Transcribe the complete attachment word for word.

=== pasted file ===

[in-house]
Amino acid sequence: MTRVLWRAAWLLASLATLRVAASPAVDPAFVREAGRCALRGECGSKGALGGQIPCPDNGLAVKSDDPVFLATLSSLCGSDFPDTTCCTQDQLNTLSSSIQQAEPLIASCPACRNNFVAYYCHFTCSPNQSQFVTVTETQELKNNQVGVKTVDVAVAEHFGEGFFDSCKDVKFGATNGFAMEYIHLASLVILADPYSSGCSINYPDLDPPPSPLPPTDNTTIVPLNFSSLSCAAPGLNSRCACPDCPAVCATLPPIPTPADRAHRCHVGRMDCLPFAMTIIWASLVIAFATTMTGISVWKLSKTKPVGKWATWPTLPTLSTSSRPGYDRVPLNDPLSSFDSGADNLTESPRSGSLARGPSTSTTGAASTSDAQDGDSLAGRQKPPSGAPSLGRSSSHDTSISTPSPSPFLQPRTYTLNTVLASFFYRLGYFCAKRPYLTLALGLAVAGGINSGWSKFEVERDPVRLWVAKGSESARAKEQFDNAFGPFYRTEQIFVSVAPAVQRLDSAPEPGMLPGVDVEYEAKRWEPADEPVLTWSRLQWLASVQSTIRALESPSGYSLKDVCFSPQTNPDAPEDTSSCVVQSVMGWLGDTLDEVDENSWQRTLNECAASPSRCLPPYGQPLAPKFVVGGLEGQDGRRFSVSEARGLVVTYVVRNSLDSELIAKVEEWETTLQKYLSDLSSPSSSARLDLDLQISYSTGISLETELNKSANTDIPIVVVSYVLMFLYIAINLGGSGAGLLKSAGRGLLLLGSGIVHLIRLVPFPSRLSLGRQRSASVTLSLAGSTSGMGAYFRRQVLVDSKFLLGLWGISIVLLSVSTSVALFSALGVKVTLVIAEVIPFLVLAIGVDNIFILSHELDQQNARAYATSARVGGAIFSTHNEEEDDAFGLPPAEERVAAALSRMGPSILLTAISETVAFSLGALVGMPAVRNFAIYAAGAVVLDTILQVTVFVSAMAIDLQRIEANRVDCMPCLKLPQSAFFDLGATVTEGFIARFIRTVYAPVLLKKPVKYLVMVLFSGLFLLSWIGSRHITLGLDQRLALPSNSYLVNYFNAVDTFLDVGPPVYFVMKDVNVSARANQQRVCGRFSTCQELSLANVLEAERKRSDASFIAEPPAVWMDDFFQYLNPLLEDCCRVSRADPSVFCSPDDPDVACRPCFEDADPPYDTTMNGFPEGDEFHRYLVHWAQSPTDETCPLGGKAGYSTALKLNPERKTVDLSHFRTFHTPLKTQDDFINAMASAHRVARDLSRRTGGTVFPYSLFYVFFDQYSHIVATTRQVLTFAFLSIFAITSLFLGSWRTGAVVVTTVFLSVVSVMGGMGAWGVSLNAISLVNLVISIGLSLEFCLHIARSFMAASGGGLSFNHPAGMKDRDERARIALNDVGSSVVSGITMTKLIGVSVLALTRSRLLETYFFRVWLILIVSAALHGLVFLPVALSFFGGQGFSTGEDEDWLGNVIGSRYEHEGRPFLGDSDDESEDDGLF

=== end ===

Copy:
[in-house]
Amino acid sequence: MTRVLWRAAWLLASLATLRVAASPAVDPAFVREAGRCALRGECGSKGALGGQIPCPDNGLAVKSDDPVFLATLSSLCGSDFPDTTCCTQDQLNTLSSSIQQAEPLIASCPACRNNFVAYYCHFTCSPNQSQFVTVTETQELKNNQVGVKTVDVAVAEHFGEGFFDSCKDVKFGATNGFAMEYIHLASLVILADPYSSGCSINYPDLDPPPSPLPPTDNTTIVPLNFSSLSCAAPGLNSRCACPDCPAVCATLPPIPTPADRAHRCHVGRMDCLPFAMTIIWASLVIAFATTMTGISVWKLSKTKPVGKWATWPTLPTLSTSSRPGYDRVPLNDPLSSFDSGADNLTESPRSGSLARGPSTSTTGAASTSDAQDGDSLAGRQKPPSGAPSLGRSSSHDTSISTPSPSPFLQPRTYTLNTVLASFFYRLGYFCAKRPYLTLALGLAVAGGINSGWSKFEVERDPVRLWVAKGSESARAKEQFDNAFGPFYRTEQIFVSVAPAVQRLDSAPEPGMLPGVDVEYEAKRWEPADEPVLTWSRLQWLASVQSTIRALESPSGYSLKDVCFSPQTNPDAPEDTSSCVVQSVMGWLGDTLDEVDENSWQRTLNECAASPSRCLPPYGQPLAPKFVVGGLEGQDGRRFSVSEARGLVVTYVVRNSLDSELIAKVEEWETTLQKYLSDLSSPSSSARLDLDLQISYSTGISLETELNKSANTDIPIVVVSYVLMFLYIAINLGGSGAGLLKSAGRGLLLLGSGIVHLIRLVPFPSRLSLGRQRSASVTLSLAGSTSGMGAYFRRQVLVDSKFLLGLWGISIVLLSVSTSVALFSALGVKVTLVIAEVIPFLVLAIGVDNIFILSHELDQQNARAYATSARVGGAIFSTHNEEEDDAFGLPPAEERVAAALSRMGPSILLTAISETVAFSLGALVGMPAVRNFAIYAAGAVVLDTILQVTVFVSAMAIDLQRIEANRVDCMPCLKLPQSAFFDLGATVTEGFIARFIRTVYAPVLLKKPVKYLVMVLFSGLFLLSWIGSRHITLGLDQRLALPSNSYLVNYFNAVDTFLDVGPPVYFVMKDVNVSARANQQRVCGRFSTCQELSLANVLEAERKRSDASFIAEPPAVWMDDFFQYLNPLLEDCCRVSRADPSVFCSPDDPDVACRPCFEDADPPYDTTMNGFPEGDEFHRYLVHWAQSPTDETCPLGGKAGYSTALKLNPERKTVDLSHFRTFHTPLKTQDDFINAMASAHRVARDLSRRTGGTVFPYSLFYVFFDQYSHIVATTRQVLTFAFLSIFAITSLFLGSWRTGAVVVTTVFLSVVSVMGGMGAWGVSLNAISLVNLVISIGLSLEFCLHIARSFMAASGGGLSFNHPAGMKDRDERARIALNDVGSSVVSGITMTKLIGVSVLALTRSRLLETYFFRVWLILIVSAALHGLVFLPVALSFFGGQGFSTGEDEDWLGNVIGSRYEHEGRPFLGDSDDESEDDGLF